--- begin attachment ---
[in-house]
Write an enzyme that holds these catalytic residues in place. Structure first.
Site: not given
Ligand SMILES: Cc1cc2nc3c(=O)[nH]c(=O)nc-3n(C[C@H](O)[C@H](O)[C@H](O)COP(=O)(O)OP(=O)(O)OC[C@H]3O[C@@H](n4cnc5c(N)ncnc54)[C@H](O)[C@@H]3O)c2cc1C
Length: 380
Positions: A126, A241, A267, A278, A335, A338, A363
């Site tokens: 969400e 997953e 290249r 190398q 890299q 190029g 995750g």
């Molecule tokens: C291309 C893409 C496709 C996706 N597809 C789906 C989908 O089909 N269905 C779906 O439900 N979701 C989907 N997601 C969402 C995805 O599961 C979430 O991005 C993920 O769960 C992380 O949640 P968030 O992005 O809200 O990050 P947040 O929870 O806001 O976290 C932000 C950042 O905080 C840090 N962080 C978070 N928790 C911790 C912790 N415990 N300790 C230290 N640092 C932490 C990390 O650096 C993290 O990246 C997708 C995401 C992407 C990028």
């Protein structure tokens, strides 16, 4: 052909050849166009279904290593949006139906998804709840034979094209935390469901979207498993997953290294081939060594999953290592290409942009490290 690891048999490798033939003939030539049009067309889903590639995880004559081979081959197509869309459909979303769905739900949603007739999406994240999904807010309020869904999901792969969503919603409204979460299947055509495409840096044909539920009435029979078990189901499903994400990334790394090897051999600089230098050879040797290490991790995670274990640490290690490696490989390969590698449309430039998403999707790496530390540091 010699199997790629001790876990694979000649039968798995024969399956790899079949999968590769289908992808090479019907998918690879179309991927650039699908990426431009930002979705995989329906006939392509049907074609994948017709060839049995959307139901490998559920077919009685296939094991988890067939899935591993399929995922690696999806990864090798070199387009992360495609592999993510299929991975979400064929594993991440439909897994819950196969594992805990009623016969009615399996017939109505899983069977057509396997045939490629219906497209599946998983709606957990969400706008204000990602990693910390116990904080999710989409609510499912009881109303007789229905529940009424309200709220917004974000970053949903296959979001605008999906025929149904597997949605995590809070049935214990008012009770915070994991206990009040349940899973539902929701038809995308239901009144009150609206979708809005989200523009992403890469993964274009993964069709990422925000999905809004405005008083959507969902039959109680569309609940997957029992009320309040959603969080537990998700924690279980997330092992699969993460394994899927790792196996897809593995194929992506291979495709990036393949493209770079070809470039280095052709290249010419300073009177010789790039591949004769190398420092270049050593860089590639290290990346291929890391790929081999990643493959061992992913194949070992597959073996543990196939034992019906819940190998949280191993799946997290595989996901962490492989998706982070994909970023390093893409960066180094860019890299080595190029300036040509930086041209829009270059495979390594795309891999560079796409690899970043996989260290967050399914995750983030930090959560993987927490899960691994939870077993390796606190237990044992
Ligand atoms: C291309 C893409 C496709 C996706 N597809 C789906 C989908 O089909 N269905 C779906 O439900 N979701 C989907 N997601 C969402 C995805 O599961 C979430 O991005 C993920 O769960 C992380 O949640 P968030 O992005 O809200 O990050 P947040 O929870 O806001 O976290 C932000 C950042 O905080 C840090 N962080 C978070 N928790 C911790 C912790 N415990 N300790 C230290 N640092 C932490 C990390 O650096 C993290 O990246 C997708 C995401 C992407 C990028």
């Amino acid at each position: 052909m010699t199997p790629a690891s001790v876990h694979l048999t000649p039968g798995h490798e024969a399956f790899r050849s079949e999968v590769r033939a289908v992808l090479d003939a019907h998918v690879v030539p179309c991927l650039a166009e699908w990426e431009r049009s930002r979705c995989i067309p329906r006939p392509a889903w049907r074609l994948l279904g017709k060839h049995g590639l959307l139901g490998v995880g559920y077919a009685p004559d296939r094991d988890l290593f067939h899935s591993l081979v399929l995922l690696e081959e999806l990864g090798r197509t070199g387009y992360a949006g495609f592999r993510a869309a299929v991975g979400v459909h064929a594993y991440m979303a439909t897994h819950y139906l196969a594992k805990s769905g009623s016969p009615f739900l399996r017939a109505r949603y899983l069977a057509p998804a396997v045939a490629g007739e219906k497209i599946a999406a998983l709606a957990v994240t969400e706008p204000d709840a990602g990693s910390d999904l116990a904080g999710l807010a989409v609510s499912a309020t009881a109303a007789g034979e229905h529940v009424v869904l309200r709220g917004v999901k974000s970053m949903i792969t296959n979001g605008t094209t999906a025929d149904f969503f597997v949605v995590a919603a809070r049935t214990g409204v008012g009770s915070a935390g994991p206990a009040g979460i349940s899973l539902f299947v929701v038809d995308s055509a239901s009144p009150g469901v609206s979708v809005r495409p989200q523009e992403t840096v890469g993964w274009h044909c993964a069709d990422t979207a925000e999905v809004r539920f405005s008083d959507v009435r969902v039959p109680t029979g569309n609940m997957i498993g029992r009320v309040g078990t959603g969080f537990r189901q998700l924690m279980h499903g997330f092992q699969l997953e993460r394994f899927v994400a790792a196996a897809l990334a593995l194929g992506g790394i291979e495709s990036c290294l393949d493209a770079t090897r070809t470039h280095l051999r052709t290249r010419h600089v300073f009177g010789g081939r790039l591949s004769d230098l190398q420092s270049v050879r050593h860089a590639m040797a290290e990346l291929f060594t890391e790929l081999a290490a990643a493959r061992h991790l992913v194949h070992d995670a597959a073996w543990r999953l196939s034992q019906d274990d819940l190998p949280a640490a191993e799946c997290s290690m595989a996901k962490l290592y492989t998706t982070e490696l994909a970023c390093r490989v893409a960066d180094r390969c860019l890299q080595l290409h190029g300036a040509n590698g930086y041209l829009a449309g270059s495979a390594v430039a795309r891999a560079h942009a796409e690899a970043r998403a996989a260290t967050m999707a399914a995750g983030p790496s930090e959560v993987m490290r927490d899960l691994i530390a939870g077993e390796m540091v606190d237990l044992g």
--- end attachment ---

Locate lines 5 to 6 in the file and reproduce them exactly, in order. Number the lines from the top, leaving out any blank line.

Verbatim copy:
Length: 380
Positions: A126, A241, A267, A278, A335, A338, A363